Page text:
In the 2009 NBA Draft, the Nuggets traded a first-round draft pick acquired from the Charlotte Bobcats to the Minnesota Timberwolves for the rights to rookie Ty Lawson, who was drafted 18th overall. On July 13, 2009, the Nuggets traded a second-round draft pick to the Detroit Pistons for Arron Afflalo (part of the trade exception from the Iverson trade was used to allow the deal to go through) and Walter Sharpe. Afflalo replaced starting guard Dahntay Jones, who signed with the Indiana Pacers.[28] However, on August 10, the Nuggets lost forward Linas Kleiza, who signed with the Olympiacos Piraeus of the Greek League.[29]

The 2009–10 season saw Carmelo Anthony average 28.2 ppg and Chauncey Billups average a career-high 19.6 ppg. In the opening two games of the season, Anthony totaled 71 points, scoring 30 points in the home opener and 41 the next night, in wins against division rivals Utah Jazz and Portland Trail Blazers, respectively. Anthony became one of two players in the Nuggets' history to open with more than 70 points through two games (Alex English also accomplished this feat). It was also only the second time since 1987 that the Nuggets started the season 2–0.[30] They later went 3–0, 4–0, and then 5–0 for the first time since 1985 after defeating the Memphis Grizzlies, Indiana Pacers, and New Jersey Nets respectively. Despite injuries which caused all three captains - Carmelo Anthony, Chauncey Billups, and Kenyon Martin – to miss a total of 46 games, and then later on in the second half of the season the absence of head coach George Karl, who underwent treatment for neck and throat cancer, the Nuggets were still able to win 53 games (third consecutive 50-win season, which was the first time in Nuggets history) for the season which also allowed them to clinch their second consecutive Northwest division title and finish as the fourth seed in the West Conference. However, they were eliminated in six games by the Utah Jazz, their seventh first-round elimination in 16 years. Carmelo Anthony averaged a career-high 30.7 ppg in the playoffs.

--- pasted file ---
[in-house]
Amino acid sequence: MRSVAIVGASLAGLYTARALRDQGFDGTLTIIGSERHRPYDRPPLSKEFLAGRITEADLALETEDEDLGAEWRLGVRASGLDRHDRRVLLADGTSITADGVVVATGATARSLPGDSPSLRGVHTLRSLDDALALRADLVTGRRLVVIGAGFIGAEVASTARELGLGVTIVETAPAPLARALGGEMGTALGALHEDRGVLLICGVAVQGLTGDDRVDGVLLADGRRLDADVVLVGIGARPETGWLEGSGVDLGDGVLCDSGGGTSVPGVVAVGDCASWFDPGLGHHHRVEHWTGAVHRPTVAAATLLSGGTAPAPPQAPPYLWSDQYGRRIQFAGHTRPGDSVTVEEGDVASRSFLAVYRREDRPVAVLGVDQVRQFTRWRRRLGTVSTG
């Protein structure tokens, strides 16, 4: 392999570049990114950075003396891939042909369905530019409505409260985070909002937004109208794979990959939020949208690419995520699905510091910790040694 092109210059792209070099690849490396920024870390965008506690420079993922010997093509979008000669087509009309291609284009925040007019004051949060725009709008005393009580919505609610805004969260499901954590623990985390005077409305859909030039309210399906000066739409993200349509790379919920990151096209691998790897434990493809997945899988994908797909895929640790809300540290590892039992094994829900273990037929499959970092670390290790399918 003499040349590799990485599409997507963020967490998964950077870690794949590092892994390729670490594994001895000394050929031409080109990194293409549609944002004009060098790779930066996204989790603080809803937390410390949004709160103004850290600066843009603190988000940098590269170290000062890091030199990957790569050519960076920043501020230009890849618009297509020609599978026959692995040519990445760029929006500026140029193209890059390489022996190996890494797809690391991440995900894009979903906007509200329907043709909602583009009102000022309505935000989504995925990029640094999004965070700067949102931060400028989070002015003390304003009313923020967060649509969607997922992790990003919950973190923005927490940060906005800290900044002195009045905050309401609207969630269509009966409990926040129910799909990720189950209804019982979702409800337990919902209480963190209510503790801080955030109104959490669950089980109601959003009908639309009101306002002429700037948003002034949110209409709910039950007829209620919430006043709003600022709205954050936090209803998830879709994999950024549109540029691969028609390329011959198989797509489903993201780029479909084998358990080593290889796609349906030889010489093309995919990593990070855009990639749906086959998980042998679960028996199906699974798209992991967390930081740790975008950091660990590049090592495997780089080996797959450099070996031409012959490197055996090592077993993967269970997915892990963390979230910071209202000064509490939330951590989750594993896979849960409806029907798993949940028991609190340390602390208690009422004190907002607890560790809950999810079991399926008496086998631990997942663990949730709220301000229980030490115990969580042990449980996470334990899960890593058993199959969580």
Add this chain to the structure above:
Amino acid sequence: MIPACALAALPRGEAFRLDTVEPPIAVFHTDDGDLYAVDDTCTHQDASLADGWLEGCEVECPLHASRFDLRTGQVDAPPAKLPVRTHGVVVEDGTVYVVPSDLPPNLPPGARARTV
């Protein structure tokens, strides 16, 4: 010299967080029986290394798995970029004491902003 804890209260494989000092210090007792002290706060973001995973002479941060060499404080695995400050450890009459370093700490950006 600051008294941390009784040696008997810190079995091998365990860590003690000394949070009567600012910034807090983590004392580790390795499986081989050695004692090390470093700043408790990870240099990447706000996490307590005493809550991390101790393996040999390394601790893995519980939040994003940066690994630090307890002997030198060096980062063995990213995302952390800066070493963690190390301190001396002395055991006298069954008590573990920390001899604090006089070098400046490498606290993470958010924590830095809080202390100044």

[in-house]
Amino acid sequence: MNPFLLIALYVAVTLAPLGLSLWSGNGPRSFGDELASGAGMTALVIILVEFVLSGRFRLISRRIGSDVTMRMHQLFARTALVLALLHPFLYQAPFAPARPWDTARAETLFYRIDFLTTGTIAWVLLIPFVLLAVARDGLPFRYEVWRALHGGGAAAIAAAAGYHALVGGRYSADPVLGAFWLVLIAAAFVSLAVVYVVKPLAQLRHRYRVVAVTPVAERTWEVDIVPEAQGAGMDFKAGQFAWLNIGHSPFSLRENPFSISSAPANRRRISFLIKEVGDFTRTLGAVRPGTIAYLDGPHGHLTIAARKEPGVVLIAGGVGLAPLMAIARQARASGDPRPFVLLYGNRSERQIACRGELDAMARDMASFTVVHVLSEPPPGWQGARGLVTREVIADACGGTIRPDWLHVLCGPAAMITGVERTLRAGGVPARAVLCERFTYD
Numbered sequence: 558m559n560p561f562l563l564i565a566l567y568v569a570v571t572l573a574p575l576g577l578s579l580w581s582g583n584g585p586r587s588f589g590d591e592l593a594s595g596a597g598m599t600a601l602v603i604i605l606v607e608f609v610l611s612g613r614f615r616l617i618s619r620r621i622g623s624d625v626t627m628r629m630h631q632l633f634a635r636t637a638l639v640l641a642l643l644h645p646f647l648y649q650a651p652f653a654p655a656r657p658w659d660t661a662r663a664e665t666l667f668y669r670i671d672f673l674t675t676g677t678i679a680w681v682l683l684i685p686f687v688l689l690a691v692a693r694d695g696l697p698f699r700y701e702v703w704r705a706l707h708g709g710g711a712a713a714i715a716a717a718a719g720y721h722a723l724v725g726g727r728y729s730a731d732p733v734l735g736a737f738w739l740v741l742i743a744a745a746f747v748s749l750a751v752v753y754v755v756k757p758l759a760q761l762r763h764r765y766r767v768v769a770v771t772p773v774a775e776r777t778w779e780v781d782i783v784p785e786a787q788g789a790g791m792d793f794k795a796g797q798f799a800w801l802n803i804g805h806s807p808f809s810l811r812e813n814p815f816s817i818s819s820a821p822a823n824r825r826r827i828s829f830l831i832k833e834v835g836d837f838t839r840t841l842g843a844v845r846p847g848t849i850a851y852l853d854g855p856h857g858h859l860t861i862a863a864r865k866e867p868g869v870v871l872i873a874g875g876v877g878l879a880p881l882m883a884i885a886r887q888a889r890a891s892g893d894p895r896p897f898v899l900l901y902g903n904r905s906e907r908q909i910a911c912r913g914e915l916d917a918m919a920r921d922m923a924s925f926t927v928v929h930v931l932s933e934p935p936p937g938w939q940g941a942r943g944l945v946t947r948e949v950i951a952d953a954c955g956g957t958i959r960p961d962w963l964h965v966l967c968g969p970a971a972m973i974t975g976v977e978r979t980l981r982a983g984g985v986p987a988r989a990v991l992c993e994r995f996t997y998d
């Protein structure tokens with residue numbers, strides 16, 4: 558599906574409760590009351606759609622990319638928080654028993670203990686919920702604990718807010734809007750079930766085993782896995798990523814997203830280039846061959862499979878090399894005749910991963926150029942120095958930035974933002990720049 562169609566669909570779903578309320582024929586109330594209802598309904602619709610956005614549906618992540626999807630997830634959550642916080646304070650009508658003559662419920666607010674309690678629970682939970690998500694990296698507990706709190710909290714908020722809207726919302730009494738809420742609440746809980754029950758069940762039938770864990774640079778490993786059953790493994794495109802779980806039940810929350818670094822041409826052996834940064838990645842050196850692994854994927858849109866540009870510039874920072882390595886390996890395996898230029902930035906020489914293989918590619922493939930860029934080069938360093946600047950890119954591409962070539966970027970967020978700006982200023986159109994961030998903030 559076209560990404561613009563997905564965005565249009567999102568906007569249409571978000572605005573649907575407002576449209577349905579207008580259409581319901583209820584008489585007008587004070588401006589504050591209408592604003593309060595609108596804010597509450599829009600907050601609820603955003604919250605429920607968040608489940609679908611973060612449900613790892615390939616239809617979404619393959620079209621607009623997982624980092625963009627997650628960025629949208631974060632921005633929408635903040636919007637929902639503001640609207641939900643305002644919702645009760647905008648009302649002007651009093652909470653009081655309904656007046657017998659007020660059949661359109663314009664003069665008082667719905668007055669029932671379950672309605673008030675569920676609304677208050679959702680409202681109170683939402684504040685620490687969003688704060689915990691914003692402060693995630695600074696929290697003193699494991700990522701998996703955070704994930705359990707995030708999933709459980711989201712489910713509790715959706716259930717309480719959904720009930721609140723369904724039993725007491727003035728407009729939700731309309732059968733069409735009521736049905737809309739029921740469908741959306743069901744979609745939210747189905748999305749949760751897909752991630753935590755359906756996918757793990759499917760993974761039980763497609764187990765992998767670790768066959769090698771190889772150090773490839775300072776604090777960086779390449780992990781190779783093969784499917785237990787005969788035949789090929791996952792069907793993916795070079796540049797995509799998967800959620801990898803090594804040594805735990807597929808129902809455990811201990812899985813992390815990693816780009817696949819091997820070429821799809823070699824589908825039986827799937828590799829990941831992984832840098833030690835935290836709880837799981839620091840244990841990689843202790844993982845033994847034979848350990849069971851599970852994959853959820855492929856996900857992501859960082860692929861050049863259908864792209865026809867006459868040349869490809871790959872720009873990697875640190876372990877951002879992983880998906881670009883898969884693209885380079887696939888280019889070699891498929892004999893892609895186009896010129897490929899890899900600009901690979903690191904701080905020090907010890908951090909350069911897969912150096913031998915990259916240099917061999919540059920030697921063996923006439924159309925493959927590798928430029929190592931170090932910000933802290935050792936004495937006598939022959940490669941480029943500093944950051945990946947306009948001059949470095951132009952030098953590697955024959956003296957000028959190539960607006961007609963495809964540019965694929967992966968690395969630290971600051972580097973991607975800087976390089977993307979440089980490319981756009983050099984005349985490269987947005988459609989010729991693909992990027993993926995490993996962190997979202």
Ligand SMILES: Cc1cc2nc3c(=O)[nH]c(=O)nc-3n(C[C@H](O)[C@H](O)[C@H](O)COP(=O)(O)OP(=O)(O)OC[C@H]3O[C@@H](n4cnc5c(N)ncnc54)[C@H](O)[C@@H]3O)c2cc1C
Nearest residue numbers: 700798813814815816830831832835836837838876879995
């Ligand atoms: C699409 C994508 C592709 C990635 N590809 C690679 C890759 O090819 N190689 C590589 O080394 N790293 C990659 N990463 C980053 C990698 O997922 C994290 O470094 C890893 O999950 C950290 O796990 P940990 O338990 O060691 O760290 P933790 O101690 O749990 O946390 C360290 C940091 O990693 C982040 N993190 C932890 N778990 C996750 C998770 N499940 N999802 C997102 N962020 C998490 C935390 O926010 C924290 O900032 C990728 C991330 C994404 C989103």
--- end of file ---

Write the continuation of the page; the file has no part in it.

On July 14, 2010, the Nuggets bolstered their frontcourt depth by signing Al Harrington.[31] During the 2010 off-season, Masai Ujiri replaced Mark Warkentien as the General Manager, while Josh Kroenke was named the Nuggets' team president.

Stan Kroenke bought full ownership in the St. Louis Rams of the NFL in 2010. Since the NFL does not allow its owners to hold majority control of major-league teams in other NFL cities, Kroenke turned over day-to-day control of the Nuggets and Avalanche to Josh toward the end of 2010, and must sell his controlling interest in both teams by 2014.[32]

2011: Rebuilding

On February 22, 2011, after months of speculation that he wanted to leave the Nuggets, Carmelo Anthony was traded along with Chauncey Billups, Anthony Carter, Shelden Williams and Renaldo Balkman to the New York Knicks in a multi-player deal also involving the Minnesota Timberwolves in which the Nuggets received Wilson Chandler, Raymond Felton, Danilo Gallinari, Timofey Mozgov and Kosta Koufos. On the day when the trade was done, the Nuggets were left with nine players to play against the Memphis Grizzlies. The Nuggets won the game, 120-107, where they led by as many as 27 points. George Karl said after the game, "Our guys, when their backs are confronted with a difficult situation, they usually play at a high level. We always react to tough situations in a very positive way." Some people said after the trade the Nuggets would become the "Cleveland Cavaliers" of the West, that is, would falter in the standings and lose their playoff hopes due to the loss of their franchise player, Carmelo. However, the trade only seemed to make them better. Post-trade, the Nuggets averaged 24.1 assists, showing their newfound teamwork. The defense of the Nuggets also improved, from allowing 105.2 ppg before the trade to of 97.1 ppg for the remainder of the season. [33] Despite the franchise changing trade which saw eighteen different starting lineups through the whole season, Denver finished with 50 wins (fourth consecutive 50 win seasons for the first time in Nuggets history), clinching the 5th seed of the Western Conference. They met the Oklahoma City Thunder in the first round of the playoffs and lost four games to one.